In June 2010, in the wake of detailed media accounts of widespread fraud in the Wisconsin Shares child care subsidy system and growing evidence that high-quality child care promotes positive academic outcomes, the Wisconsin Legislature approved a new quality rating and improvement system (QRIS) for the state’s nearly 8,500 regulated child care providers. In a new Forum report, we analyze initial data collected for Milwaukee County child care providers during YoungStar’s first year. Through this analysis, we gain important insight into the initial impacts of the new program on the county’s unique child care market, including where key policy objectives are being realized, and where potentially unintended consequences are emerging.
Key findings from the Forum's analysis of YoungStar's first year include the following:
- In Milwaukee County, 46% of participating providers were rated by YoungStar as of December 2011. Of those 534 providers, a total of 428 (80.1%) received 2-star ratings, while 50 (9.4%) received the highest rating of five stars. An additional 33 providers (6.2%) received 1-star ratings, meaning they no longer will qualify for subsidy payments from the state's Wisconsin Shares program.
- In light of the state’s plan to reduce payments for 2-star providers while providing a bonus for those who receive four or five stars, more than 80% of the providers rated thus far will receive less money under Wisconsin Shares when the tiered reimbursement system is implemented in July. Wisconsin’s QRIS is the only such system in the country that uses this type of “carrot and stick” approach. Its impacts on the child care market in Milwaukee County will bear watching.
- The data reveal several significant differences between Milwaukee County’s family providers (those who provide care in their home) versus group center providers. For example, 35% of group center providers received 5-star ratings compared to less than 1% of family providers. Conversely, 90% of family providers are at the 2-star level compared to 52% of group center providers. Thus, a much higher percentage of Milwaukee County’s group center providers will receive additional state support, while far more of the county’s family providers will feel the pinch of reduced state assistance.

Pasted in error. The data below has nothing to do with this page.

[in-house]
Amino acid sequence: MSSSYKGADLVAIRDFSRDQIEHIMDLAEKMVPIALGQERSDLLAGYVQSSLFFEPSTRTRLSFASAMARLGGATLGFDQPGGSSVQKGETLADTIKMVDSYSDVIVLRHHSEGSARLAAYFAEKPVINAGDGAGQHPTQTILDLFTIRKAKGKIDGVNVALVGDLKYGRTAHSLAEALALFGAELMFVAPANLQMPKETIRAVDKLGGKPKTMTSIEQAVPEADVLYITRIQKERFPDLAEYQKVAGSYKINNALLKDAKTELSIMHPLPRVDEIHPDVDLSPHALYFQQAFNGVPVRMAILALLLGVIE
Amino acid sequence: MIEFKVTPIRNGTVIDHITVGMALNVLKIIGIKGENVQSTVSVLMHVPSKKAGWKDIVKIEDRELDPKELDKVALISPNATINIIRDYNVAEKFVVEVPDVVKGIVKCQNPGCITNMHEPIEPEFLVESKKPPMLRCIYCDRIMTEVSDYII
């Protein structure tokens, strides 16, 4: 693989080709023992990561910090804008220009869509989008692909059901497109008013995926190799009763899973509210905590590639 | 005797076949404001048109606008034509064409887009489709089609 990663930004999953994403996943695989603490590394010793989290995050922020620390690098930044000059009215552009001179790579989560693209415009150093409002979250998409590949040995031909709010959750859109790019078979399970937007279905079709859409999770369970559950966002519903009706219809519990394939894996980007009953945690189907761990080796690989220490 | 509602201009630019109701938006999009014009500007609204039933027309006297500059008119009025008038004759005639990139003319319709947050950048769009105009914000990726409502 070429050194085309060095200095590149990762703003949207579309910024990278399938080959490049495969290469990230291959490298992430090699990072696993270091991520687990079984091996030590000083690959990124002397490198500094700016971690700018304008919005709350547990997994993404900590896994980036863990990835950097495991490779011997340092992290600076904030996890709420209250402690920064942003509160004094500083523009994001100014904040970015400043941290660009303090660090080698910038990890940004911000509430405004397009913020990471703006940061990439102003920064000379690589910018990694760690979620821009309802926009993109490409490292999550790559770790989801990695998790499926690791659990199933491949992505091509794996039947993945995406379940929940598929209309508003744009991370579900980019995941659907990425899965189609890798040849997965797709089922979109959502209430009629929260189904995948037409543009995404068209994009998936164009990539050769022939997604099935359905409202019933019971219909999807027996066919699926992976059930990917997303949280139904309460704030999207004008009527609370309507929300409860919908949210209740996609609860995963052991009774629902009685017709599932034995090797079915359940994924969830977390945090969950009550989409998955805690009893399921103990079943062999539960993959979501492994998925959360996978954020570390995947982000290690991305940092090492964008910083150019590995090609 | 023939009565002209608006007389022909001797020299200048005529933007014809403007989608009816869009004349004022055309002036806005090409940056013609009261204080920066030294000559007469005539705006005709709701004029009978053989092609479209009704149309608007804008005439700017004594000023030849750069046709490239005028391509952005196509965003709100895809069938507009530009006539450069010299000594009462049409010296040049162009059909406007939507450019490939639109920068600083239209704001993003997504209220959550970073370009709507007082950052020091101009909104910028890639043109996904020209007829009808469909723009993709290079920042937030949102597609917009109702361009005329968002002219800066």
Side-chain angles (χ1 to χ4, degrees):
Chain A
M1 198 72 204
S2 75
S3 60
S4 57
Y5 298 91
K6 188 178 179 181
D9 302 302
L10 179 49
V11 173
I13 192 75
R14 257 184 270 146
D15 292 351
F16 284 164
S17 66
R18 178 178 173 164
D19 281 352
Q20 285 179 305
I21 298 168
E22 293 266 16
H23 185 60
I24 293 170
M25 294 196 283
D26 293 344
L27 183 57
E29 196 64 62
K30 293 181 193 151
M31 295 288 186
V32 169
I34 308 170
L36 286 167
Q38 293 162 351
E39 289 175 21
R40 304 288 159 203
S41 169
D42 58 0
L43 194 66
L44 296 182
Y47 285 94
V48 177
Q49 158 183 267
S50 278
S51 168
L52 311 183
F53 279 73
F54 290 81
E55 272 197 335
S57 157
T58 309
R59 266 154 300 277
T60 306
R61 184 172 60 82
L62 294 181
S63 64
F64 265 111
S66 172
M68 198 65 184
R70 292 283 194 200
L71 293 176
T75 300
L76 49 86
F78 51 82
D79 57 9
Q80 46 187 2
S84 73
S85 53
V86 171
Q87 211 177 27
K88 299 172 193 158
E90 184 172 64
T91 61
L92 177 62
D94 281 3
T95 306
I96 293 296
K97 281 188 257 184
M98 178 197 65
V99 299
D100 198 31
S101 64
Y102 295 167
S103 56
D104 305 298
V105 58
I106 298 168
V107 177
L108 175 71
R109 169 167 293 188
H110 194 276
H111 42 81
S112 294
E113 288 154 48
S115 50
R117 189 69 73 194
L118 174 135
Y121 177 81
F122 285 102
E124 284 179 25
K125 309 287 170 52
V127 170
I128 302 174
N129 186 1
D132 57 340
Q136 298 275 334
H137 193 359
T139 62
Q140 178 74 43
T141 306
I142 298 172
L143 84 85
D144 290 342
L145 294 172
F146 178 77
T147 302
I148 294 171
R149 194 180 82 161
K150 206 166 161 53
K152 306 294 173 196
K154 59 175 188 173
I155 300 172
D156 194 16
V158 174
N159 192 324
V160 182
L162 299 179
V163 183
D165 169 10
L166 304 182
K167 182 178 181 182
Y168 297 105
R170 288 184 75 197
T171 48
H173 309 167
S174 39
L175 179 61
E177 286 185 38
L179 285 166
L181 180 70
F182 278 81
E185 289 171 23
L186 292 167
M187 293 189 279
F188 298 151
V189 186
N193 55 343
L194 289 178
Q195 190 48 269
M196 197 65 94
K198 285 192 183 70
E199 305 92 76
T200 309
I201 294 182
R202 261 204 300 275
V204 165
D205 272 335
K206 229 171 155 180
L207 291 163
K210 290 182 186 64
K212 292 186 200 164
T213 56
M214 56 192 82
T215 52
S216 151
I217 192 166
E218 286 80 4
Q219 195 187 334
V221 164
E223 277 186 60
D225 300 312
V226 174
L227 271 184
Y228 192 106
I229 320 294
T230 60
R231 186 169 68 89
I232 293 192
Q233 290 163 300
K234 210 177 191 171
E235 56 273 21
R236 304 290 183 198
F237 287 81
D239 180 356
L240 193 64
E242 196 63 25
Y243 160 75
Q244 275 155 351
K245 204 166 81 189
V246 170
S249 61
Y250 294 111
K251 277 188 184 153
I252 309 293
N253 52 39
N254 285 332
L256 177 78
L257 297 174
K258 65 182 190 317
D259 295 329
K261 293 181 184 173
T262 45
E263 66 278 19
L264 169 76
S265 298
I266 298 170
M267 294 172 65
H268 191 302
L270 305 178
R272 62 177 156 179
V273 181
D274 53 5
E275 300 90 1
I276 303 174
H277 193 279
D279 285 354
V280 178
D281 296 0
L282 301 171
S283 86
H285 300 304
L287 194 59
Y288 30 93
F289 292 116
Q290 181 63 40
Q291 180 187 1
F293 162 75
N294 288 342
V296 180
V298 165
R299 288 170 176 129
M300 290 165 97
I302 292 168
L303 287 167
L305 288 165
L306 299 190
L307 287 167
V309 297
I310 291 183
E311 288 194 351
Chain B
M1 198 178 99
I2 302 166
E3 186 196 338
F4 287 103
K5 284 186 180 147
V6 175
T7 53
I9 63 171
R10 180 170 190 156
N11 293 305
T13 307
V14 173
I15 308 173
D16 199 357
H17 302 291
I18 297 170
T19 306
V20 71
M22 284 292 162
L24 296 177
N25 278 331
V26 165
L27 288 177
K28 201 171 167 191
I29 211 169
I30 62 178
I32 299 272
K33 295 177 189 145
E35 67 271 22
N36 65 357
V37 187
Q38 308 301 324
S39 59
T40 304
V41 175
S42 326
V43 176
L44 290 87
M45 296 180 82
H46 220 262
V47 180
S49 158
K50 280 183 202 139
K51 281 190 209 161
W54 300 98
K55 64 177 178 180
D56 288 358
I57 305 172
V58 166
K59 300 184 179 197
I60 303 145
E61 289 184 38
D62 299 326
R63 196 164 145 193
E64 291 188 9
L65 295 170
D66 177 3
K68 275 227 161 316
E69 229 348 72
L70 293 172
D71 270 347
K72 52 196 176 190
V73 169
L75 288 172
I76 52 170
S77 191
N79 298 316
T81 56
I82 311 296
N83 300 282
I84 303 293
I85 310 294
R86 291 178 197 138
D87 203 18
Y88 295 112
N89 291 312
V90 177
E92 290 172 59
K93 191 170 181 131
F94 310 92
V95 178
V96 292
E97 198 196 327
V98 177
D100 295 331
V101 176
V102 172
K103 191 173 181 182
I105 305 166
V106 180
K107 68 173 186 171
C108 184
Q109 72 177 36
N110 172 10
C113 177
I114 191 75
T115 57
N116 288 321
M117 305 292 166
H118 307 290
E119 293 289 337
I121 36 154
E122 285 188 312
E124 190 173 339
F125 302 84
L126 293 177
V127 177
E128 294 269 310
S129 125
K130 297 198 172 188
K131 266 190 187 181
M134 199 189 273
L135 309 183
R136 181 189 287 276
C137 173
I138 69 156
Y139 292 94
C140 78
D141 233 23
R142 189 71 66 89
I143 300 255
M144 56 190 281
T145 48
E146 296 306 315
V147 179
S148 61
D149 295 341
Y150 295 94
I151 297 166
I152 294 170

- The rating data show there is considerable variation among providers at the same star level. Two-star providers, for example, which make up over 80% of the Milwaukee County providers rated thus far, vary dramatically in YoungStar’s staff education category. It is evident that some 2-star providers have highly trained staff but fall short in YoungStar’s other categories of assessment, while other providers with the same star rating have little to no relevant training in early childhood education.
- Some areas of the city and county enjoy significantly better access to high-quality child care than others. Among Milwaukee County’s 35 ZIP codes, 13 have at least one high-quality child care provider (defined as receiving either four or five stars) for every 1,000 young children, and 19 have at least one high-quality provider for every 10,000 workers. For a handful of other ZIP codes concentrated in the City of Milwaukee’s northwest and far south sides, no high-quality options exist despite large populations of both children and workers.
- Many providers are close to achieving the minimum point totals required for a higher star rating, but may be unable to afford the investments necessary to move up the rating scale. In addition, the challenges of meeting YoungStar’s minimum staff education requirements for 3-star ratings and above appear to be a major hurdle for many low-rated providers.